The opinion of the District Court says clearly that, except for its legislative history and its enactment in the form of a proviso to the tolling statute, the amendment, in the Court's opinion, would have operated generally to bar actions here when they are barred in the state of origin. "In substance," it said, the amendment "is a `borrowing' statute" such as now exists in "probably all jurisdictions." Id. at 1001. The Court, however, persuaded by the form and its interpretation of the history of the amendment, adopted plaintiff's contentions. It held the amendment to be a limitation on the tolling statute and denied defendant's motion to dismiss plaintiff's action.
The closely reasoned opinion in Snyder employs such a lucid "convolution of theory" that admiration for its artistry tempts its adoption. Nevertheless, our conclusion — likewise drawn from the legislative history of the proviso — is that the Legislature intended it to be a limited borrowing statute, operating to bar the prosecution in this State of all claims barred either in the state of their origin, or in this State.
It was at its next session following the decision in Appleyard that the Legislature enacted the proviso in question, upon the recommendation of the Judicial Council of the State of North Carolina, which had prepared the bill. The Council's report (page 21) explained that the amendment
". . . would clarify the law in this area [Appleyard] and bring North Carolina in line with several other states which have enacted legislation to the effect that where the cause of action has arisen out of the state, an action cannot be maintained in this state if it is barred by the laws of the state where it arose, unless the action originally accrued in favor of a resident of this state. This will prevent the bringing of stale claims into our courts and at the same time give North Carolina residents the benefit of our own statute."
It is apparent from the above that the Judicial Council had in mind a borrowing statute and not merely a limitation on tolling. The amendment was designed (1) to clarify the law, and (2) to bar stale out-of-state claims. To treat the proviso merely as a limitation would accomplish neither of these purposes. For example, when the prescription period of a foreign state is shorter than that of North Carolina, such an interpretation would resurrect a stale claim; but it would not extend our period so as to save an action where the foreign limitation is longer than North Carolina's and the defendant had never left the state. If, however, the proviso be treated as a limited borrowing statute, no action barred in the state of origin may be litigated here.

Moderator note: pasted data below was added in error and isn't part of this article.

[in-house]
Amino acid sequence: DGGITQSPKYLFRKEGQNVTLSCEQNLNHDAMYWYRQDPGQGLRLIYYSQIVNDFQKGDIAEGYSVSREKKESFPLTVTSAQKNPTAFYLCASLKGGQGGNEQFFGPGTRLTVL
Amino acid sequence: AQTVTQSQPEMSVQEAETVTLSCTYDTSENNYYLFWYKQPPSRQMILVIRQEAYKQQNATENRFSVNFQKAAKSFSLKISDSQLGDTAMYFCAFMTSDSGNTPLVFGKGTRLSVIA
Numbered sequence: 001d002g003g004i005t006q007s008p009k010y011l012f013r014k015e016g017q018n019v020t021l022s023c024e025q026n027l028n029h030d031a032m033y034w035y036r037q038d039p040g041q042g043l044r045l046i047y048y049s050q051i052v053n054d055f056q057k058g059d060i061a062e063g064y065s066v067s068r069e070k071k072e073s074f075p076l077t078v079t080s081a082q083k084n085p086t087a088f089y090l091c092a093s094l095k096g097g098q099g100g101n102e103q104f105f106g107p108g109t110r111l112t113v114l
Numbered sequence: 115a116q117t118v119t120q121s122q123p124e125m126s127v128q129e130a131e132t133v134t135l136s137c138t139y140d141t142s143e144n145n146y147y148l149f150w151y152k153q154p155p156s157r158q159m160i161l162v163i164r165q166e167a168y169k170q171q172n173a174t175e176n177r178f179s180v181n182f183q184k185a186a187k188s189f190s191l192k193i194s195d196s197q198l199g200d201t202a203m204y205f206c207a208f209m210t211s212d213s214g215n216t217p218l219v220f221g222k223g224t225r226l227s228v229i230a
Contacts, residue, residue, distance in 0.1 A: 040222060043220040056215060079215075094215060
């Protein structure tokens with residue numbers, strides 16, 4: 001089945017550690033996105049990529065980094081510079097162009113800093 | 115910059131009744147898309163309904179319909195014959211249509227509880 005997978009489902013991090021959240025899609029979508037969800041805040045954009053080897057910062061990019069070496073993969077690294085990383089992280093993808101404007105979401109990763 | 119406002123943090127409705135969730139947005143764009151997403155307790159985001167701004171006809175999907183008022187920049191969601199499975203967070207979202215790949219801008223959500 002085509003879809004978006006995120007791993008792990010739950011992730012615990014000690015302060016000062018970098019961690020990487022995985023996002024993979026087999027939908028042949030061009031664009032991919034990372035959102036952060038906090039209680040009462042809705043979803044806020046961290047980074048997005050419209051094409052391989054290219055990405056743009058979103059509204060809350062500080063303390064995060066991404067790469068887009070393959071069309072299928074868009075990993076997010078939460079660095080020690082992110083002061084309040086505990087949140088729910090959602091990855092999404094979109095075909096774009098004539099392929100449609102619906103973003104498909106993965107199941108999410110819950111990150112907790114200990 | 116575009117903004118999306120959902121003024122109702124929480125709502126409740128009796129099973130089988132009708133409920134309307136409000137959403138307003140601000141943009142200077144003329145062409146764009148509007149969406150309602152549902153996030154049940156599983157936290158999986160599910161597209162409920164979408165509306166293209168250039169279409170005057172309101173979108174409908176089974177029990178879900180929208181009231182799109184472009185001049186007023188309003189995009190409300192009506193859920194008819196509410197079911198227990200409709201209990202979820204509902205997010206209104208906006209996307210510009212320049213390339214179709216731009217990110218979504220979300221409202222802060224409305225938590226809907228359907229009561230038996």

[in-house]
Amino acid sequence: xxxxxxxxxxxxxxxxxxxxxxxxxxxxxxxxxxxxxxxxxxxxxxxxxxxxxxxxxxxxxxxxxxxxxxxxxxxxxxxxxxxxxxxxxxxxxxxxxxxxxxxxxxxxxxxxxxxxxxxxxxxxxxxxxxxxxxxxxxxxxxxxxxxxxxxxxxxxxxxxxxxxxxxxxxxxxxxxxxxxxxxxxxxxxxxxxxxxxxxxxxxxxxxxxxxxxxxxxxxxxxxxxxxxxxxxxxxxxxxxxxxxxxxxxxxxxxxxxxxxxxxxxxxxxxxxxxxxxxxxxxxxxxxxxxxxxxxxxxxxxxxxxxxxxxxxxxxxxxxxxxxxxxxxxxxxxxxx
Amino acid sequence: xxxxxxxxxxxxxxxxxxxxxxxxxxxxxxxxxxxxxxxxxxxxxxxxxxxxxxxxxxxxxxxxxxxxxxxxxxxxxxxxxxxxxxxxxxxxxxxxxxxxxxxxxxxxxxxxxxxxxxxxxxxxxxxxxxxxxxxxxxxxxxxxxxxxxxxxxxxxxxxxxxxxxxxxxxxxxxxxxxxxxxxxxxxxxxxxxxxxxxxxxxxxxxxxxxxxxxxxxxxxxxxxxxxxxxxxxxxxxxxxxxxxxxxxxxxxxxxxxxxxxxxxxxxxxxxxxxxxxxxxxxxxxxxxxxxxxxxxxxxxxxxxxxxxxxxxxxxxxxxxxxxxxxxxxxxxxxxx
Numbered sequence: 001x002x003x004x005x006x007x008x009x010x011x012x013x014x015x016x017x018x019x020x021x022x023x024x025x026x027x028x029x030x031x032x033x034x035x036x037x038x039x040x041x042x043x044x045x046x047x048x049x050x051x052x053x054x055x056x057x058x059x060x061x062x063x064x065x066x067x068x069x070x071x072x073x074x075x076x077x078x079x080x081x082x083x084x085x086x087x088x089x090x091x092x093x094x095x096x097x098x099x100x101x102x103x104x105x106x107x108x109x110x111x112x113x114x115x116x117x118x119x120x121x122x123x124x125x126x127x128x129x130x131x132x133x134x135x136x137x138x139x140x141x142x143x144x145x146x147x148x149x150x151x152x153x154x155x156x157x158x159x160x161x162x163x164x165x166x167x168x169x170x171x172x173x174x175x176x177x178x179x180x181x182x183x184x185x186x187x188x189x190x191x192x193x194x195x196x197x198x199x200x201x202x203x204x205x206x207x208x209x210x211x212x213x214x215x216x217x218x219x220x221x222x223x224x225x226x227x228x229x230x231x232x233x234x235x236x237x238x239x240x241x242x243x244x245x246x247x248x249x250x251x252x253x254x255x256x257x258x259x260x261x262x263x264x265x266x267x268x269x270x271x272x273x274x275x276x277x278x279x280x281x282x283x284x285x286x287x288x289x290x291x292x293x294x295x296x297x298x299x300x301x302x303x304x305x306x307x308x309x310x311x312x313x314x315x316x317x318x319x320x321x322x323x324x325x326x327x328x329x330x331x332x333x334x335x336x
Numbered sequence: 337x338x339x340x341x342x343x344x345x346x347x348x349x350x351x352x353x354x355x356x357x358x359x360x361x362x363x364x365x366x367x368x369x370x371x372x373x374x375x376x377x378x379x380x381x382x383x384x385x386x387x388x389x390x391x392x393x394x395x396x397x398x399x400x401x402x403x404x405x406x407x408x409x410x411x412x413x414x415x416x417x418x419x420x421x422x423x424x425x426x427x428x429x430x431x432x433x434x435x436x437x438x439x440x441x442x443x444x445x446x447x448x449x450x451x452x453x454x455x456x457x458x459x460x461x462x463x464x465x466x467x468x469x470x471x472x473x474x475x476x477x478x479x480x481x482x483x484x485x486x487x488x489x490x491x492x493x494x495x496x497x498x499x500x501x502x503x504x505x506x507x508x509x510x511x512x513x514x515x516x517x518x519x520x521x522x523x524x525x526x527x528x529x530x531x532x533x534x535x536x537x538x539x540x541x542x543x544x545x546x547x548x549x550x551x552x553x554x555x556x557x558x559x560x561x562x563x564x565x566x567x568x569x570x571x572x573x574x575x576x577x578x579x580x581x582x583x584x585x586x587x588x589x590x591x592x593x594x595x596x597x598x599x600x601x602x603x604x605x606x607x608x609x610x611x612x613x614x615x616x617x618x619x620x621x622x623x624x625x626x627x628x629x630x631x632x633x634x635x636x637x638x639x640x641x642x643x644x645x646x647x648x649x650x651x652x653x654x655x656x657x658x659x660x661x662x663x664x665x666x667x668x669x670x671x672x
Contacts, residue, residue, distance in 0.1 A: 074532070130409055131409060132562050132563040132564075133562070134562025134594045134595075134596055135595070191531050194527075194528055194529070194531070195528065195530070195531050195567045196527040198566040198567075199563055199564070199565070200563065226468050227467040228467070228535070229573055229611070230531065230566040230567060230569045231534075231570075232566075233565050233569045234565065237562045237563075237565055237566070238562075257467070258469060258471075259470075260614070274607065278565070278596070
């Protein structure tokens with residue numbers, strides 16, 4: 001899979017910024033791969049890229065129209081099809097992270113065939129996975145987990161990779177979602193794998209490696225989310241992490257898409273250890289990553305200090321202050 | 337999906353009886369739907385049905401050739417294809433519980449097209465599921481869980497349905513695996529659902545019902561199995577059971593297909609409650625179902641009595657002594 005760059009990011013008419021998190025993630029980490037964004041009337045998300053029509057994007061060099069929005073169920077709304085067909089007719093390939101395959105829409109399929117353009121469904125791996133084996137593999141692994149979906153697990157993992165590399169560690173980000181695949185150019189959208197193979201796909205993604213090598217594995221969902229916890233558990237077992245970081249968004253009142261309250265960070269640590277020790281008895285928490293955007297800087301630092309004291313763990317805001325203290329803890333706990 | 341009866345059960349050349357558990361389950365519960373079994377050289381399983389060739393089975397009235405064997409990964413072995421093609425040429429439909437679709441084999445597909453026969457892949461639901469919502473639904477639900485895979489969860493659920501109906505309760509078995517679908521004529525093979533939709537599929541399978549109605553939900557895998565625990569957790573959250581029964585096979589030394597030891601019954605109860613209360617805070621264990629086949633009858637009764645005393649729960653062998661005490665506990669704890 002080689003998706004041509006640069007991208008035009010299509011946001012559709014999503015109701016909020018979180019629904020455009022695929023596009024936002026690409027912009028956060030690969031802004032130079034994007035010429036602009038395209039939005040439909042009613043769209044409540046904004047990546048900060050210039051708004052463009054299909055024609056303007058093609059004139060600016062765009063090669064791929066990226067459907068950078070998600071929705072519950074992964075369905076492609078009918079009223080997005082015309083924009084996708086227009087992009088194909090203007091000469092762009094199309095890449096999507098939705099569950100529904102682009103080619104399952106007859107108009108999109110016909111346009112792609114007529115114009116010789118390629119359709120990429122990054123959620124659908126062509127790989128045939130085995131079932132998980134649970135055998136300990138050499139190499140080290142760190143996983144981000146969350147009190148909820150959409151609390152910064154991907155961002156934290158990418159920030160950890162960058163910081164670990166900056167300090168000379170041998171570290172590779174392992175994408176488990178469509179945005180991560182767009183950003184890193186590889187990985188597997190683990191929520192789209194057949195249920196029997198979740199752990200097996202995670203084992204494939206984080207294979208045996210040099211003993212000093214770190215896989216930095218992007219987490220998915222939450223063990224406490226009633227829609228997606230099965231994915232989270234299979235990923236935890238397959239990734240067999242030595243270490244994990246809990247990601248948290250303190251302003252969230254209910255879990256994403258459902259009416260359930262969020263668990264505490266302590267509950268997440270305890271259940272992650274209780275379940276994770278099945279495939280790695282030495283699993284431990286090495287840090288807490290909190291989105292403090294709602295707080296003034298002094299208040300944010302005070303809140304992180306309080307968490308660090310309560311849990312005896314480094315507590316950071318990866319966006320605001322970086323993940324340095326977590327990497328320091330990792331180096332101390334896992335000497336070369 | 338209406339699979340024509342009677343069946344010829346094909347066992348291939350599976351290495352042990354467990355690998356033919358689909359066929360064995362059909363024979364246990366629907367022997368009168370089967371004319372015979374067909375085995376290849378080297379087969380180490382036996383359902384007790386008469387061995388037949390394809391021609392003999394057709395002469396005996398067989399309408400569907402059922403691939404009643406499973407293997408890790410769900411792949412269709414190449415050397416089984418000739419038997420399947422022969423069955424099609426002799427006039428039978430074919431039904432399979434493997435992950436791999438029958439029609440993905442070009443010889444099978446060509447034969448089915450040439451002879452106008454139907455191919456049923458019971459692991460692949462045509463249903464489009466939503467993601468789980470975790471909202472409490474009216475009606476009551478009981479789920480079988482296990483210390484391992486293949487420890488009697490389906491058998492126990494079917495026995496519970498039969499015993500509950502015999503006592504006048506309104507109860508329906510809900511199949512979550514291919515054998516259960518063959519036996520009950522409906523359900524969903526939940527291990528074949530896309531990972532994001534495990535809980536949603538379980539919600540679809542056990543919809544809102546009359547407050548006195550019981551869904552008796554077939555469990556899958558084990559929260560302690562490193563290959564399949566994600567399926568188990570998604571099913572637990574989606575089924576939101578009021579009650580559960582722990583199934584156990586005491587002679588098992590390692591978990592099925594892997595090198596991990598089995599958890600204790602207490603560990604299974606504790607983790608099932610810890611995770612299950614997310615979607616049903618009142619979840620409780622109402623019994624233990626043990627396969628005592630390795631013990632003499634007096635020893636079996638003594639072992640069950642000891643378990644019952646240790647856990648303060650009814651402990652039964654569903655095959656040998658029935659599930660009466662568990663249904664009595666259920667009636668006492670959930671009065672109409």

Construing 9-1-18 of the Rhode Island General Laws (1956), a statute similar to G.S. 1-21 as amended, the Court of Appeals for the First Circuit, in DePietro v. Tarter, 302 F.2d 611 (1st Cir.), arrived at a different conclusion from that reached by the District Court in Snyder. The Rhode Island statute reads:
"If any person against whom there is or shall be cause for action, hereinbefore enumerated, in favor of a resident of the state, shall at the time such cause accrue be without the limits thereof, or, being within the state at the time such cause accrues, shall go out of the state before said action shall be barred by the provisions of this chapter, and shall not have or leave property or estate therein that can be attached by process of law, then the person entitled to such action may commence the same, within the time before limited, after such person shall return into the state in such manner that an action may, with reasonable diligence, be commenced against him by the person entitled to the same; provided, however, that no action shall be brought by any person upon a cause of action accruing without this state which was barred by limitation or otherwise in the state, territory or country in which such cause of action arose while he resided therein." (Italics ours.)
In DePietro, the court, in a per curiam opinion, held that the proviso had general application and, in this connection, said:
"We construe Rhode Island General Laws (1956) 9-1-18, the last clause, as applying generally, as do similar statutes in many other states, to all causes of action arising in another state and there barred." 302 F.2d at 612.
In arriving at its construction of the proviso, the court rejected the plaintiff's contention that "the meaning to be given to all parts of a statute is to be restricted by what is provided in the first sentence, even though to do so would do violence to the normal meaning of later language." Rejected also was the plaintiff's contention that when the Legislature amends a statute after the discovery of a defect, any amendment is to be construed, if possible, as applying only to that particular defect. The court said,